Why Reading is so Great

[amazon asin=014312160X&template=thumbleft&chan=default]Jim Trelease, author of The Read-Aloud Handbook.
Topic:
Helping children become avid readers.
Issues: How reading aloud awakens children’s imagination and improves language skills; the rewards and importance of reading aloud to kids; the latest research about reading–including the good and bad news about digital learning.

Picture books can boost your child’s vocabulary

Interesting story reported by the Indo-Asian News Service. A study has claimed books having photographs but no words prove ideal for building children’s language skills. And, the parents can help their kids the best if they used such books for the bedtime story.

According to experts, parents turning to wordless storybooks end up spending time discussing the pictures and answering their toddler’s questions — exposing them to complicated words, Daily Mail reported.

Psychologists from the University of Waterloo, Canada, looked at 25 mothers as they read their children a set of bedtime stories.

They found the mothers used more advanced language when they picked up a picture book compared to a book with words.

Study author Daniela O’Neill said: “Too often parents will dismiss picture storybooks, especially when they are wordless, as not real reading or just for fun.

“But these findings show that reading picture storybooks with kids exposes them to the kind of talk that is really important for children to hear.”

O’Neill said while reading the picture story, “we would hear mums say things such as ‘where do you think the squirrel is going to go?’ or ‘we saw a squirrel this morning in the backyard’.”
“But we didn’t hear this kind of complex talk as often with vocabulary books, where mentioning just the name of the animal, for example, was more common.”
However, O’Neill also said books of all kinds could build children’s language and literacy skills, “but they do so perhaps in different ways”.

The article originally appeared here.

Non-Stop Chatterbox

I’ve got three kids. The middle one, who’s five, starts chattering the second she wakes up and doesn’t close her mouth until she’s asleep. On one hand, I love to hear her talk and have conversations about “Why this?” and “Why that?” But she’s exhausting me and I feel like my other children aren’t getting the attention they need because the 5-year-old is constantly interrupting. What can I do?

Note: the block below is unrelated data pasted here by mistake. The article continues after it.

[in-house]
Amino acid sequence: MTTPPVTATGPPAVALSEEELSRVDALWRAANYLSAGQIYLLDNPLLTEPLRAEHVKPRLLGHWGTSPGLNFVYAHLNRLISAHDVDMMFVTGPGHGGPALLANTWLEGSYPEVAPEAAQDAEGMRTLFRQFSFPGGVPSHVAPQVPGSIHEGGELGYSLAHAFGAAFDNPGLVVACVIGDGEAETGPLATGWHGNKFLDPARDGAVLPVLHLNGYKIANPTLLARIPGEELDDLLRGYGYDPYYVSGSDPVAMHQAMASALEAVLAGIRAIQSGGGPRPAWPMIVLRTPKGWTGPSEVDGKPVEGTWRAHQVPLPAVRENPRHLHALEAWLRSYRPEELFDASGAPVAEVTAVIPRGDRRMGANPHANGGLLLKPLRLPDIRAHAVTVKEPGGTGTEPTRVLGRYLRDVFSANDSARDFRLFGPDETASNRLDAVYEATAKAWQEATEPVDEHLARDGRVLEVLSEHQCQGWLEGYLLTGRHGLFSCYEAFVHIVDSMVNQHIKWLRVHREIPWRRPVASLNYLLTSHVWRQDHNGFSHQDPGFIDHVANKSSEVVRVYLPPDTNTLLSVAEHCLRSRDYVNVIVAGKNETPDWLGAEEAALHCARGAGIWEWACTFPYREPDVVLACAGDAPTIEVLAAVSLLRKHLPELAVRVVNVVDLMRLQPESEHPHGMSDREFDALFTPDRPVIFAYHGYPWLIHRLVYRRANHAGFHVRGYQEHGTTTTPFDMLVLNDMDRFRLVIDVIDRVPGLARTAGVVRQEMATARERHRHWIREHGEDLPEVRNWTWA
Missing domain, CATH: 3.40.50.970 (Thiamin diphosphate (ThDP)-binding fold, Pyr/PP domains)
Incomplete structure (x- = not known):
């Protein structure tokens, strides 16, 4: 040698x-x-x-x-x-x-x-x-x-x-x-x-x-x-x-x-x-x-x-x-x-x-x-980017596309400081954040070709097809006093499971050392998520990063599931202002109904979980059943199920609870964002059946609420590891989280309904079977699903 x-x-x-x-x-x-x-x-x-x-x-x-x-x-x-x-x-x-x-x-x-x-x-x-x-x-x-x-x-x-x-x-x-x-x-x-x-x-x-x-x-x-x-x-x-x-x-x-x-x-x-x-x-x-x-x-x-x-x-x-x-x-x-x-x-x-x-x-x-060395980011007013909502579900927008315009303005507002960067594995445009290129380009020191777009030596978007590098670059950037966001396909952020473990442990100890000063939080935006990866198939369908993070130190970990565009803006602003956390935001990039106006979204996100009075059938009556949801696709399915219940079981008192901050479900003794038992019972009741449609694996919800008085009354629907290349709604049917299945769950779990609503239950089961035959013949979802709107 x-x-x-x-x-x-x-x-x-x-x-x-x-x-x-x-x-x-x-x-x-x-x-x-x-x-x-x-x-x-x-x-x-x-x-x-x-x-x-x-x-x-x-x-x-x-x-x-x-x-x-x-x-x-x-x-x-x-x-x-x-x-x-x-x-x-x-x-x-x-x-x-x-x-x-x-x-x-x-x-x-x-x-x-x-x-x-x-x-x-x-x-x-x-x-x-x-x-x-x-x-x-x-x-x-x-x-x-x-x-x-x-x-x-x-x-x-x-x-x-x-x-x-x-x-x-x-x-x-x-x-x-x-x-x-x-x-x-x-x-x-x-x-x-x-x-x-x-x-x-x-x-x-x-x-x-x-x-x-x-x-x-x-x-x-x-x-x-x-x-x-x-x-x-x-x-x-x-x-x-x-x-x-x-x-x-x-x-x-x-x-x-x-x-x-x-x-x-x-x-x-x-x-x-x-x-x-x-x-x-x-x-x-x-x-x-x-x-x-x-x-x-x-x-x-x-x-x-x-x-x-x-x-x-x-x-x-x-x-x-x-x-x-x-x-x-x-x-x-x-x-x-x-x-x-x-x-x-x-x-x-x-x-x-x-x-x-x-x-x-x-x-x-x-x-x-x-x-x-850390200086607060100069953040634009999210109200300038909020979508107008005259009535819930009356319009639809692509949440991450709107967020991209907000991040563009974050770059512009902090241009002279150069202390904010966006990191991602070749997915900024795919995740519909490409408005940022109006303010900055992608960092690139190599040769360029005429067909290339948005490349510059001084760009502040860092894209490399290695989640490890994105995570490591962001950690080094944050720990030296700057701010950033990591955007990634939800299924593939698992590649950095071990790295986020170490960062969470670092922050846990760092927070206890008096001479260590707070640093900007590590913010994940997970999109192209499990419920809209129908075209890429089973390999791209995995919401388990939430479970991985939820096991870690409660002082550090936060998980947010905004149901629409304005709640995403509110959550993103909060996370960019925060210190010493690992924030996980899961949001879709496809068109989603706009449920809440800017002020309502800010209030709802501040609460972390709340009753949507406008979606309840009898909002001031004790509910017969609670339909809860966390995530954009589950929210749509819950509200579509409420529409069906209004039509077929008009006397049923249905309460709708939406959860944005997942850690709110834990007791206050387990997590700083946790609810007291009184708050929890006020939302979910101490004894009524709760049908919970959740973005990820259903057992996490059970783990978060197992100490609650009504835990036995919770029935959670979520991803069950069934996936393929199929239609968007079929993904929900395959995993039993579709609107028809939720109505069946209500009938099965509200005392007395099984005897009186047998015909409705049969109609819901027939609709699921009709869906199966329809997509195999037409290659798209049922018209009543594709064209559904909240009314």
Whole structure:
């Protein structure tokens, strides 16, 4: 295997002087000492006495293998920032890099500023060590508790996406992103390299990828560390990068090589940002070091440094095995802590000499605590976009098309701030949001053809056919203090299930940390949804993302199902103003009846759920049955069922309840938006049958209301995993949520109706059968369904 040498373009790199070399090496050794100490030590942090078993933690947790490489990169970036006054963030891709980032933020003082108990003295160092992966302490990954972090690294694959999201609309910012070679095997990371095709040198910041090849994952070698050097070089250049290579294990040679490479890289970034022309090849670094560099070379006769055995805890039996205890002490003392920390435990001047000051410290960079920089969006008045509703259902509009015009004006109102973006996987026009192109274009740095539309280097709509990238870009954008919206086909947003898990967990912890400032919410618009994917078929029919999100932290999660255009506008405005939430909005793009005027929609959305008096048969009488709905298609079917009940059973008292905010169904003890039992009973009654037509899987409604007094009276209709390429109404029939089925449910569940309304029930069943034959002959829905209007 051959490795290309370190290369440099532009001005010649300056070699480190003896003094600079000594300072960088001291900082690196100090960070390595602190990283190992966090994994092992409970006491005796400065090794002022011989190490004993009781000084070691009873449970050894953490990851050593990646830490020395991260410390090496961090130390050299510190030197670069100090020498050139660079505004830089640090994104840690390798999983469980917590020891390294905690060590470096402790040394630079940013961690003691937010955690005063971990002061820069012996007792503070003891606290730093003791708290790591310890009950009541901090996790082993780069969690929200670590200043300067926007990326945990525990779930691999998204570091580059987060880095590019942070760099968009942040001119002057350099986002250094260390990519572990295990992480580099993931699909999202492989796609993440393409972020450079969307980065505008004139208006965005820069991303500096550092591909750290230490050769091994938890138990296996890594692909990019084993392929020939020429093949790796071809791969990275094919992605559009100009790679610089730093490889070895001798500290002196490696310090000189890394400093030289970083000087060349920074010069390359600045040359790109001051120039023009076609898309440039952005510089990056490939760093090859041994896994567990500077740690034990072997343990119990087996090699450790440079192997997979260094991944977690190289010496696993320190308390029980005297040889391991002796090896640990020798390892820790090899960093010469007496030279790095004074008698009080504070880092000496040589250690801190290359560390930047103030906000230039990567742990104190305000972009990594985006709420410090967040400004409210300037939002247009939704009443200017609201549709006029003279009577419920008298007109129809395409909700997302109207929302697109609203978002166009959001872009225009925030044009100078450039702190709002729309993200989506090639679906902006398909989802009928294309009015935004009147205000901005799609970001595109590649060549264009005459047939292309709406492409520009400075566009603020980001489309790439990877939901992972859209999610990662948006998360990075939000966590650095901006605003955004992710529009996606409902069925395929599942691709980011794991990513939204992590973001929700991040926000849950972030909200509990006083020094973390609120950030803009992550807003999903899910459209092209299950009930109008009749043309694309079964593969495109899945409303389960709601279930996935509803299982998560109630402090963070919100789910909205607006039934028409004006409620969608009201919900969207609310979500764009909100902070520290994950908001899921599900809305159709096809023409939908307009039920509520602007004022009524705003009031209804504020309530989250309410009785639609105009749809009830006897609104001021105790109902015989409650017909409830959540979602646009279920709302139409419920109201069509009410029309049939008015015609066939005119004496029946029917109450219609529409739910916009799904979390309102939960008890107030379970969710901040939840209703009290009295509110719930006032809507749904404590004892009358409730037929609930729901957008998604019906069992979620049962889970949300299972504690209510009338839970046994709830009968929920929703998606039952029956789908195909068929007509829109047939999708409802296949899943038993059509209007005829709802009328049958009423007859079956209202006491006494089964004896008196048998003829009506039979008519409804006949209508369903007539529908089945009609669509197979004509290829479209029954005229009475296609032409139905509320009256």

When babies are born, we look forward to all of their "firsts." First smile, first laugh, first steps, first words. Especially with our first baby, these are milestones that make us giddy with anticipation and cause us to break out the camcorder at every turn.

Then they start rolling . and walking . and talking – and we wonder, "What was I thinking??"

Infants get going rolling, then crawling and we are amazed at how quickly they get good at it and soon are getting from point A to point B in little more than a blink of an eye. Toddlers start walking sometimes just as an aside to running and seemingly thrill at their new found ability to run in the "wrong" direction every time. But we understand that though these may try our patience and challenge our creative problem solving skills at times that, "This too shall pass".

Talking is a whole different ball game. Or is it?

We wait so patiently for their first coherent words, regale friends and co-workers with tales of our baby’s babblings, pride ourselves in how well and early she’s speaking in full sentences. And then it starts – the flip switches on and there’s no off button in sight. And yes it can be exhausting.

But there’s good news! Young children learn at lightening speed with every sense available to them. This is such a good language learning time for them that adding a second language is a possibility. And reading to themselves is close at hand. All good things.

So how to embrace the chatter of this age group without losing your cool? And how do you ensure that the other members of the family get a word in edgewise meanwhile? Here are some ideas:

  • Learn to ask questions that require more than a "yes" or "no" answer. Questions that start with how many? when?, and what if? Are good places to start. How many nuts were in that bag that just spilled? When do you think the apples will be ready to pick? What if we didn’t do the dishes and take out the trash?
  • Take turns (literally at first) answering questions like these … include all of your children. This teaches the art of dialog rather than monologue.
  • Look for projects that the whole family can enjoy together. this way the project is the center of attention and not one child in particular.
  • Schedule reading times and quiet times – children this age are more than capable of entertaining themselves for short periods of time without getting into trouble. This gives everyone in the house a much-needed moment to recharge and regroup. Often a chatty child is a tired child and naps are not uncommon once they slow down.
  • Be as good a listener as you want your child to be. Children learn their talking and listening habits from us just as they do anything else, through observation and imitation. The better listeners we can be, the better they will ultimately be also.

Learning to talk and have co-operative conversations are important stepping-stones to reading. Once she’s reading, you’ll have some of that quiet thinking time of your own (perhaps a dim memory at this point) back. Meanwhile, find ways to appreciate that she does want to talk to you . ’cause this too shall pass . and be inclusive of everyone in the family.

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